According to public documents, Lenhart found Chen guilty on six counts: dishonesty, abuse of his position as chief, unauthorized removal and/or destruction of public records, improper access to city resources, improper access to city e-mail archives, and loss of confidence by subordinate officers.
Among Lenhart’s findings were issues concerning “several purchases [Chen] had authorized using city funds … missing or voided tickets that had been issued by MPD officers and then voided by [Chen] without the issuing officers’ knowledge, and documents that had purportedly been authored by MPD officers and then approved by Chief Chen, but which the officers claim they did not author.”
Regarding whether Hanson had coerced Chen to resign, Lenhart wrote, “Either Chief Chen or Ms. Hanson is lying about what transpired between them. … Their differing accounts cannot be explained as a misunderstanding or miscommunication. One of them is fabricating his or her version. During my interviews, I elicited compelling facts that support Ms. Hanson’s version of events and discredit the chief’s version.”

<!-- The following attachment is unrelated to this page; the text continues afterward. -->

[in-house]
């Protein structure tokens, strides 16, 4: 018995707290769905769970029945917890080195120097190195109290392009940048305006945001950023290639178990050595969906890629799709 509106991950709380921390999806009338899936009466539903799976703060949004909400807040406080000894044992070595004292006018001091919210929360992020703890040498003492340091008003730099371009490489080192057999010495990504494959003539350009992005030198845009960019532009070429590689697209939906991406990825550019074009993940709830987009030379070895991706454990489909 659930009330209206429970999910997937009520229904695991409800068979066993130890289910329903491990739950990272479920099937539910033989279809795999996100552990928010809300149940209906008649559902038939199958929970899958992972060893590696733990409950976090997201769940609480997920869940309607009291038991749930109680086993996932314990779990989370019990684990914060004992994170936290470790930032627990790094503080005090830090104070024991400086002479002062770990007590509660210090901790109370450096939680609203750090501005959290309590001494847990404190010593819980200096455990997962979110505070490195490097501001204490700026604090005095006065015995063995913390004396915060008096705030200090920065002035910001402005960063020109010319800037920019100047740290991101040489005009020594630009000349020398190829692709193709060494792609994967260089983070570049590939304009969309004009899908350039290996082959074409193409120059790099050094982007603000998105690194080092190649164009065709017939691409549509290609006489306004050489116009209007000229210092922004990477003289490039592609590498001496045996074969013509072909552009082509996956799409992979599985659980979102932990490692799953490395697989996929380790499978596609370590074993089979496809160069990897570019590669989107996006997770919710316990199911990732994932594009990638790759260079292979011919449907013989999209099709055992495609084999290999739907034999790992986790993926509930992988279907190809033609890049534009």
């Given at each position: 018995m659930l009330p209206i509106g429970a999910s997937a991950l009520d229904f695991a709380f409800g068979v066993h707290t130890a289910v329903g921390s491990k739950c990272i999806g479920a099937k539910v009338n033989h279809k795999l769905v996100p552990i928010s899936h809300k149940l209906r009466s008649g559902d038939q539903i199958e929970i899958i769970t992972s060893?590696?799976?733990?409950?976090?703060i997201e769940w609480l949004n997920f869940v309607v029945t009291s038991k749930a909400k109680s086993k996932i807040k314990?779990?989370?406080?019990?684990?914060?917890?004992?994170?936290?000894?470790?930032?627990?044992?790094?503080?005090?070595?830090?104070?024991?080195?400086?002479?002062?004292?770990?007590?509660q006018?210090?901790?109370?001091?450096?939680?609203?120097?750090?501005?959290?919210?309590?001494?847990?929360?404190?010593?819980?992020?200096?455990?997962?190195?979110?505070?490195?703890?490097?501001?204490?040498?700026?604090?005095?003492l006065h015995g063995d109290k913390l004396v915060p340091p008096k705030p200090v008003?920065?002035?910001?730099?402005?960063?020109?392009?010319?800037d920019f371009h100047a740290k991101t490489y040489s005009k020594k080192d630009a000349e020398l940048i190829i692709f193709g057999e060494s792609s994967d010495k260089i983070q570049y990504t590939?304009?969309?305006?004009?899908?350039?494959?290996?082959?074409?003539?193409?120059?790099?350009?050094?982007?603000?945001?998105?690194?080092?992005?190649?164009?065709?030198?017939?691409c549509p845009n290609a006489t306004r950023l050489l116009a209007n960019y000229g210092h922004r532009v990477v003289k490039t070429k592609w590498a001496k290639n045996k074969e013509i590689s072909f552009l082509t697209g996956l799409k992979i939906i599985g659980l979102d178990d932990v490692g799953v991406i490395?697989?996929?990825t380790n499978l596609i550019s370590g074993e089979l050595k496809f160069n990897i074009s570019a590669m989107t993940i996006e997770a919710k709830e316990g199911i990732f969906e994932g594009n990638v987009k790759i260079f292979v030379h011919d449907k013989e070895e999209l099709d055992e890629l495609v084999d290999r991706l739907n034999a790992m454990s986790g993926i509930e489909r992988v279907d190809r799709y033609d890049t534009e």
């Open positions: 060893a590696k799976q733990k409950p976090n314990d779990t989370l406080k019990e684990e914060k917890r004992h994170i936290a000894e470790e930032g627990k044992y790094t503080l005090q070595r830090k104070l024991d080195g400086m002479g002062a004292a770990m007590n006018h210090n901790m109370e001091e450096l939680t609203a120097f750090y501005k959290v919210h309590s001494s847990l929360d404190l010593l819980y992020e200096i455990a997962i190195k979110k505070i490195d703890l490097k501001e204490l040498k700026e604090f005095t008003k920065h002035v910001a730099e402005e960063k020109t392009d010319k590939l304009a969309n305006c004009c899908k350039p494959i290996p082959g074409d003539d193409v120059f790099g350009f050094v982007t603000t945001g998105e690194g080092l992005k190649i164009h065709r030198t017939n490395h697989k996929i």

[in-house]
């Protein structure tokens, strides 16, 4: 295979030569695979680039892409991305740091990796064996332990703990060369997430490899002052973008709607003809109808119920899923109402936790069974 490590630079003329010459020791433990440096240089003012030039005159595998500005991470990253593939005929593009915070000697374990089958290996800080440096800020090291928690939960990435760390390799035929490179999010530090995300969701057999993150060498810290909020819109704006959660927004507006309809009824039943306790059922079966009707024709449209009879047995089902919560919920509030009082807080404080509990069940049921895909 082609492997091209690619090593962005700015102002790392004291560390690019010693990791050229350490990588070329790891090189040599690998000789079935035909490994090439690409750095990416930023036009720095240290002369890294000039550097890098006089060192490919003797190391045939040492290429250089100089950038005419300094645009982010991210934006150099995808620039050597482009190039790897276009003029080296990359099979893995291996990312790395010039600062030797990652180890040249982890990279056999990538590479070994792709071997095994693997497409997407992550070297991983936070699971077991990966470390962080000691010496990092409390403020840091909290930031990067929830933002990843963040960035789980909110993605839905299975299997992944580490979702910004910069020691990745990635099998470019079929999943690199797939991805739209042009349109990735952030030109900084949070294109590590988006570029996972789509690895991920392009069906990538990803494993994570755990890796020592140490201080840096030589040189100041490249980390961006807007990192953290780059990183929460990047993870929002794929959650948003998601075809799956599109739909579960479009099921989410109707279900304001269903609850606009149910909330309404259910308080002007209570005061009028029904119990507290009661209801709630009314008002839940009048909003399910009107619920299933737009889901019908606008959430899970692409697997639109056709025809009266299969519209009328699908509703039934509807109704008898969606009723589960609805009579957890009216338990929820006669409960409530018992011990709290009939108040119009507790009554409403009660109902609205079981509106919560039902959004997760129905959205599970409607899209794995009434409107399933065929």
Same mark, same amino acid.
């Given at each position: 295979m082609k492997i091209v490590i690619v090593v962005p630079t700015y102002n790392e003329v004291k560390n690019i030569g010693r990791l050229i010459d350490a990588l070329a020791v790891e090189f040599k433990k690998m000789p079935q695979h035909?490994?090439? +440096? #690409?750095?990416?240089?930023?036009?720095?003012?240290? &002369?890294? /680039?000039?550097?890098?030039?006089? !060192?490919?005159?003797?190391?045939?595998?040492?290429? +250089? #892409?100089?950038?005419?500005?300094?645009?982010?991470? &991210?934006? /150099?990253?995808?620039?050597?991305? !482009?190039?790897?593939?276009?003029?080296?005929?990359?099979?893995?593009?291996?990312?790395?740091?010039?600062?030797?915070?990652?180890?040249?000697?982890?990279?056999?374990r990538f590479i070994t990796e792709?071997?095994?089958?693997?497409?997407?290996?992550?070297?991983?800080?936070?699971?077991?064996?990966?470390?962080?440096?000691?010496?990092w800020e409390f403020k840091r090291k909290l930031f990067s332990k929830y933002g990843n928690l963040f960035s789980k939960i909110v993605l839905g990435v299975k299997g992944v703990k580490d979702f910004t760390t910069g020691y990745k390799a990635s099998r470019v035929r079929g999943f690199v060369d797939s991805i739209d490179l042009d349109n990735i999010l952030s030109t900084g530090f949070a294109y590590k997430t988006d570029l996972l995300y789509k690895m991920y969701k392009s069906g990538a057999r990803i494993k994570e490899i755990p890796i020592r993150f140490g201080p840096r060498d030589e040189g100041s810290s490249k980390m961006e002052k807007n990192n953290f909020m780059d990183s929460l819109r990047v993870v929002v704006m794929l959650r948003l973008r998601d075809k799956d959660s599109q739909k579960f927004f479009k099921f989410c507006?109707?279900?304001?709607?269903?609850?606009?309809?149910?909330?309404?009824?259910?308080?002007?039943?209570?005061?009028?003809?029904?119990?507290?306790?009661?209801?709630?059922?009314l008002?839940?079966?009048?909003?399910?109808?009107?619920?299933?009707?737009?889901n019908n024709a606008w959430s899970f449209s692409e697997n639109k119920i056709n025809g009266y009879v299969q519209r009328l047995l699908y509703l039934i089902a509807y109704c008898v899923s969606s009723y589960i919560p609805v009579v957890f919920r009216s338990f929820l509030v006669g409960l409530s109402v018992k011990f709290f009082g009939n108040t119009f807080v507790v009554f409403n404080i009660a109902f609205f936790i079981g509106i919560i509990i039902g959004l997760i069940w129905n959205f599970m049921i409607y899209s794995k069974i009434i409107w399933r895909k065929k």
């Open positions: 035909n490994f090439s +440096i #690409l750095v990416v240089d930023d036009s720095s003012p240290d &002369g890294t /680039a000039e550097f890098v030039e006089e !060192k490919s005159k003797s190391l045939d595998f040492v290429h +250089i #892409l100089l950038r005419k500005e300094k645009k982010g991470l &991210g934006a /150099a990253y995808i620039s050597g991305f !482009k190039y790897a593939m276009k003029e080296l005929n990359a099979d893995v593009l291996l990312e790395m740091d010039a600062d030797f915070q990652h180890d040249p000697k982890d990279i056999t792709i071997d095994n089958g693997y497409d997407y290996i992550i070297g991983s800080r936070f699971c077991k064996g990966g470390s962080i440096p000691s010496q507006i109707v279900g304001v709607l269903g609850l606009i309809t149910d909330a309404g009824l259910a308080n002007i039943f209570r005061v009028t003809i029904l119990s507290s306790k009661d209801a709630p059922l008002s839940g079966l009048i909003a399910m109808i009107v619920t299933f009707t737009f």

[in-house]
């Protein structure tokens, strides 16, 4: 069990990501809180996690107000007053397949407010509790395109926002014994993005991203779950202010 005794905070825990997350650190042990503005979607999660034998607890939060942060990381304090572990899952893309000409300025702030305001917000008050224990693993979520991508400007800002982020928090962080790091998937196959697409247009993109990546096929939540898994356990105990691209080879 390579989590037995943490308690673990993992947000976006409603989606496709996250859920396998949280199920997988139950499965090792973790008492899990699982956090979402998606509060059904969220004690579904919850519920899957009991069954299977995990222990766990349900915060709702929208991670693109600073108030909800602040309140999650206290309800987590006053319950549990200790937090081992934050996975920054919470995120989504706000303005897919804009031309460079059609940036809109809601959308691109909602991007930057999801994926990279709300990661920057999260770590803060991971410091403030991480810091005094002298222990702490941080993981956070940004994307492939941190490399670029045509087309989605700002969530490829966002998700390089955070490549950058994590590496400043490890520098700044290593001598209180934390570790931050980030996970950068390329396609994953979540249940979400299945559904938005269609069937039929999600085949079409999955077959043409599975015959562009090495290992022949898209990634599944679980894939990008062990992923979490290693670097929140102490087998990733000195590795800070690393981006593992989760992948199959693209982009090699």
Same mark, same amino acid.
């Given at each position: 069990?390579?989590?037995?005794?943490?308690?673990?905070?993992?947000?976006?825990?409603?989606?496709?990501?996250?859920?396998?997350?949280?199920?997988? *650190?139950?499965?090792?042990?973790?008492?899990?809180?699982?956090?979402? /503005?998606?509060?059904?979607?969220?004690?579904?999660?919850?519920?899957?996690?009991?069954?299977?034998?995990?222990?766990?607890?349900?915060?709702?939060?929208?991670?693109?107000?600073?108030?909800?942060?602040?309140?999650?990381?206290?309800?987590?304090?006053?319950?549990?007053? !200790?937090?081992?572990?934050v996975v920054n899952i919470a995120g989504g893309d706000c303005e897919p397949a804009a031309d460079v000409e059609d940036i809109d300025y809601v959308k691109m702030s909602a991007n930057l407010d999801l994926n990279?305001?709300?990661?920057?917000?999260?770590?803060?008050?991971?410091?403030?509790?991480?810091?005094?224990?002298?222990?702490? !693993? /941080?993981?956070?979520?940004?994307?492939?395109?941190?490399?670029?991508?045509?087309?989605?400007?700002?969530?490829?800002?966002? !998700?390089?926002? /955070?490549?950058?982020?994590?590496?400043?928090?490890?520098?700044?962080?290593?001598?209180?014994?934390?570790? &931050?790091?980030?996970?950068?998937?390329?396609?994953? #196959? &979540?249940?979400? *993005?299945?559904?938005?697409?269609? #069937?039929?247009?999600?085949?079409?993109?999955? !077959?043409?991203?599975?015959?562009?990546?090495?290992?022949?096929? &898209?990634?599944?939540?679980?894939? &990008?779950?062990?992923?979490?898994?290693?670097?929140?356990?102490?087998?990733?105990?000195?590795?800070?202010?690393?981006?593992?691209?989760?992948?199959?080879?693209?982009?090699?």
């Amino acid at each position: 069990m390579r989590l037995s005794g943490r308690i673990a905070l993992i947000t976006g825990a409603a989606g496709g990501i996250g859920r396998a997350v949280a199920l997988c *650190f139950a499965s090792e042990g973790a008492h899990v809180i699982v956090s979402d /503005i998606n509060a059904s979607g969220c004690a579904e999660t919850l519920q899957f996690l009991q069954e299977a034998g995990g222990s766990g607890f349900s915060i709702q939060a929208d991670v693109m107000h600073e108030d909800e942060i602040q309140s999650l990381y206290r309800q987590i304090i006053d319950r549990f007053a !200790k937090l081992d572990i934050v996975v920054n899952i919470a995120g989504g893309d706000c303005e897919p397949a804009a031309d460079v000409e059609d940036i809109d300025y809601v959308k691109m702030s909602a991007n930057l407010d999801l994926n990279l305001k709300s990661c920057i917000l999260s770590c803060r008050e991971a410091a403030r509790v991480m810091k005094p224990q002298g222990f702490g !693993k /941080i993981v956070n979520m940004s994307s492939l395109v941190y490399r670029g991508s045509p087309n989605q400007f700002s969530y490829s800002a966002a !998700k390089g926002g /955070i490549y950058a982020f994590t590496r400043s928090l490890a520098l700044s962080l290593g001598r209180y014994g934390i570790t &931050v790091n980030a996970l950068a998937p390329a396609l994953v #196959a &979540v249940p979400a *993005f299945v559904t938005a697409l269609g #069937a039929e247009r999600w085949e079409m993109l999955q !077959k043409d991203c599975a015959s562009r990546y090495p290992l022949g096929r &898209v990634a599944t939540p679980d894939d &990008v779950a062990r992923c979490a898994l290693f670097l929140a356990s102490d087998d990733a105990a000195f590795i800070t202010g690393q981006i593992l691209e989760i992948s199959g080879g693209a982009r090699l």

Hanson terminated Chen based on the findings of the investigation.
“Based on the seriousness of the findings made by the independent investigator in the report, the circumstances surrounding the incidents and finding, the seriousness of the violations of Police Department Policies … and the negative overall impact of the violations and incidents on the organization, I conclude that most of the individual violations, alone, form separate and distinct basis for termination taken collectively, I have no choice but to terminate your employment,” Hanson wrote in Chen’s termination letter.